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Constantino (Dino) Kouyialis was born in 1980. He studied Animation/Illustration at the school of Fine Arts, as well as screenwriting in Northern California’s San Jose State University. He lived for ten years in San Jose, San Francisco, London and Paris, as well as Athens before relocating to Cyprus in late 2010. He has collaborated with Franco-Swiss creative duo Antoine Asseraf and Rene Habermacher (Stimuleye). He’s exhibited his work in many of the world’s capitals, written and directed TV series and plays, while promoting MilkCart, the creative design project he founded with Denis Constantinou. Together they have represented Cyprus in international festivals, and are always keen on new challenging projects like comic books, animation, advertisments and street art.

Having lived in a number of cities, which one do you consider closer to your personality? And which city provides you with the most inspiration?

San Francisco is an amazing city to live in and it has a lot to offer in terms of creative inspiration. That being said, I don’t think I would ever choose it over other cities I love, to make it my creative springboard. London and Paris I love. I think when it comes to stimuli there is no other city as unique as Athens, though it scares me. Constantinople is an amazing city. Vast in its plethora of contrasts and colors. I wish I could live ten lives. To be born over and over again, choosing a different city to live in each time. But that’s impossible.

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You’ve tried your hand at a variety of fields, from street art to fashion illustration, directing and script writing. Which of these fields interests you the most?

Ever since I was a child and later on when I began to delve further into things and notions and comprehend them, I was enthralled with the idea of a simple line which ends up becoming something divine. In my eyes that is the essence of creation; and it is a beautiful thing. All of our beloved paintings and drawings, that we now class as masterpieces began life as a line. Lines! And even when writing, an idea is manifested on paper through a line. Lines that when put together manifest one’s vision and dreams. So I am mesmerized by all of it!. To me directing is the ultimate art. It may sound a bit over the top but I think it is the art that encompasses everything.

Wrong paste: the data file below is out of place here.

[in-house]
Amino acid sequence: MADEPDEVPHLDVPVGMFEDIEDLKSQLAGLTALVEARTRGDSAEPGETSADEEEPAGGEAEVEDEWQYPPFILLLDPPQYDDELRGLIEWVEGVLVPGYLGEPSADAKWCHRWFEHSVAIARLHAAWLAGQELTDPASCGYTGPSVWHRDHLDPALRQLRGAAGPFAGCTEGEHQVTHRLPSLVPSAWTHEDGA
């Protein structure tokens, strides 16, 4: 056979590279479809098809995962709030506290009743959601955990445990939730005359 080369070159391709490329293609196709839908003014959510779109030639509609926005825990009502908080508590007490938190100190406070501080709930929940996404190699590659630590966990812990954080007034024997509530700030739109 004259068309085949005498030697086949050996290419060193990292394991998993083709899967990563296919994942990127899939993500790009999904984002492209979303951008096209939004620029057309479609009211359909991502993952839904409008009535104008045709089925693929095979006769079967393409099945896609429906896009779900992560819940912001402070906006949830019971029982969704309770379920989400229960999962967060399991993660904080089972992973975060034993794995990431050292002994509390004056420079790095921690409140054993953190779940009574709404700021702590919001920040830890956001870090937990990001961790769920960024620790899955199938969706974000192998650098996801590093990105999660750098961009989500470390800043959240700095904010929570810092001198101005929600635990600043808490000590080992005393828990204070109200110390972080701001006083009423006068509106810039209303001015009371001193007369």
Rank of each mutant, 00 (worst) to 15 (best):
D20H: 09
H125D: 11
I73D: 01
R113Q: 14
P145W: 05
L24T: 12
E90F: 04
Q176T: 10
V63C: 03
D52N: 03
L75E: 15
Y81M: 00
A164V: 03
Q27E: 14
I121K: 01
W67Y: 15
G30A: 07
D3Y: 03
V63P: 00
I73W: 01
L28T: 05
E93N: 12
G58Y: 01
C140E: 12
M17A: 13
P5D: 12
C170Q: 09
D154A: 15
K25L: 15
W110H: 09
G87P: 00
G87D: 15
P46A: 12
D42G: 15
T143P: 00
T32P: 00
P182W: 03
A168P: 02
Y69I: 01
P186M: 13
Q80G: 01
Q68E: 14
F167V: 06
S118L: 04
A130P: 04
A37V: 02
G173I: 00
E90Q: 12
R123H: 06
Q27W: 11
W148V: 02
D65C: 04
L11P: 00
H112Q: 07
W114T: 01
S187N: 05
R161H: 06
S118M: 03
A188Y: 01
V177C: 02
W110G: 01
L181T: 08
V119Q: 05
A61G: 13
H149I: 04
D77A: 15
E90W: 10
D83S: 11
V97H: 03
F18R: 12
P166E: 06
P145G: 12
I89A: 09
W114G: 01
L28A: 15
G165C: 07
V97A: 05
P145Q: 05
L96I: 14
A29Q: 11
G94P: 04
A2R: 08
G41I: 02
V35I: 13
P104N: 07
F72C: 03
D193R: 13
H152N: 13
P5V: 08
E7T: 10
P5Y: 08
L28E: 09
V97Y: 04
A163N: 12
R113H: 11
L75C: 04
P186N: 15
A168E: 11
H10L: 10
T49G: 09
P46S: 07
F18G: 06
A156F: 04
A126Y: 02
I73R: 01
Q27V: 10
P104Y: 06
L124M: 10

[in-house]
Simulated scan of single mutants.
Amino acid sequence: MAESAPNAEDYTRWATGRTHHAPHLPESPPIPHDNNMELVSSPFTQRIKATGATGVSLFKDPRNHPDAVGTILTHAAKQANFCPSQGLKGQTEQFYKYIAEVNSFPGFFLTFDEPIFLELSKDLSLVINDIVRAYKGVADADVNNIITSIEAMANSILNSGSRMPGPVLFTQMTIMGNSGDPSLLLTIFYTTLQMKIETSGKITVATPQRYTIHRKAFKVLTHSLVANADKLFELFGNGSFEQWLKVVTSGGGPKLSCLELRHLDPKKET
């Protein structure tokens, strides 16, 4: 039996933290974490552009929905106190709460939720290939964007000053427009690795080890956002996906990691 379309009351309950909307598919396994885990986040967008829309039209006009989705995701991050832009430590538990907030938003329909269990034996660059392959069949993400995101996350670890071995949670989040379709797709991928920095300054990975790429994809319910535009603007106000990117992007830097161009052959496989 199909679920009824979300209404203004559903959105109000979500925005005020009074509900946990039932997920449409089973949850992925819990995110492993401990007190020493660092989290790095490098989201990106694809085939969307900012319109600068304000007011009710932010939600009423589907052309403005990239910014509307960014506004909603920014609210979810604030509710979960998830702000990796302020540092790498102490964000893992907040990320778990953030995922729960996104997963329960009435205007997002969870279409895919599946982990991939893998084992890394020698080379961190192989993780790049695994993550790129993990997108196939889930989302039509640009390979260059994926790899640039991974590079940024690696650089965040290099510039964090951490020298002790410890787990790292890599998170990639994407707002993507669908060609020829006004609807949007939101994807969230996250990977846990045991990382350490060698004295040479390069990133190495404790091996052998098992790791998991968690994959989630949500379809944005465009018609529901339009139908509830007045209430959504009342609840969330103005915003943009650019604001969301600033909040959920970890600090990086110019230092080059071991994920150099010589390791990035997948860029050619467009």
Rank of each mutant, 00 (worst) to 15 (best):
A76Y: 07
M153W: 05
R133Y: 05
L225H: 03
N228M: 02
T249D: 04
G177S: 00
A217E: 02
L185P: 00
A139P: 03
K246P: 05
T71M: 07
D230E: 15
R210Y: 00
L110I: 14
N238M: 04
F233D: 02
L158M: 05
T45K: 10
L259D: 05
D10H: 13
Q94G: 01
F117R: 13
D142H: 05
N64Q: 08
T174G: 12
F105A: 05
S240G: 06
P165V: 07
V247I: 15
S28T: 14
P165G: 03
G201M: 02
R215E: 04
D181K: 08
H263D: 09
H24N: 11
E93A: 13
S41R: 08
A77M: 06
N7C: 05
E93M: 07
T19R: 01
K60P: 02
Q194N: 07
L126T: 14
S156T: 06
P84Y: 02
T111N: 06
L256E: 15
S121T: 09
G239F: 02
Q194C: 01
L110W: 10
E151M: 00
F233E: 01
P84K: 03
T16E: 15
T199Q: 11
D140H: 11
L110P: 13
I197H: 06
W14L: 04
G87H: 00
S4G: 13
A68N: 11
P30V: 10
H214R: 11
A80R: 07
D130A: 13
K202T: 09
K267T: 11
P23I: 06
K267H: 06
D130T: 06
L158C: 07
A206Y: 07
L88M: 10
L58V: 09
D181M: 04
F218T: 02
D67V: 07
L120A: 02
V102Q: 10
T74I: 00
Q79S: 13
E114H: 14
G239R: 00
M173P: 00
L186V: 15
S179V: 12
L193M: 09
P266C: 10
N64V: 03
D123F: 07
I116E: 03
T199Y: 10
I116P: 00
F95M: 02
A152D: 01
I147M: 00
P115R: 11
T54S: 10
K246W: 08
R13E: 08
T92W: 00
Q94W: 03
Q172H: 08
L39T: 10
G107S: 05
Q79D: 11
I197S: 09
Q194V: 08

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You’ve declared a shoe fetish. Do you have any more of these? Some obsession with your dress sense?

I like the whole concept behind the making of them. It’s utterly uncomfortable yet it’s an absolute fetish of women, and not just them either!. It’s all about aesthetic harmony and ease, and generally caring. People don’t care anymore. They just copy an image from the internet or some magazine and that’s it. That’s why personal style has vanished nowadays. There’s such a plethora of label-made information out there, that it is hard for many to create their own unique style . I’ll tell you one thing the internet has done for us: it’s made us lazy.

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Your street art could be classed as revolutionary, much like your words on your blog. Does the current social and financial climate affect your art?

I don’t think my street art is neither subversive nor revolutionary. I would call it beautifying. Sometimes, when I quote something or make a sarcastic comment, then and only then you may call it something more than beautifying but never revolutionary.. Taking the opportunity that I am given here, I just want to say: stay the fuck away from the marbles! They’re hard to clean! There are plenty of walls and surfaces everywhere! As far as the socioeconomic situation, of course it affects my art. First and foremost it affects my psychology! Money affects art. And you need money or somebody with money, a patron, to get your art out there. You need to mingle with certain people, rub shoulders with certain people. It’s all interconnected. Unfortunatelly.

Nelly Skoufatoglou

www.angermanagementnow.blogspot.com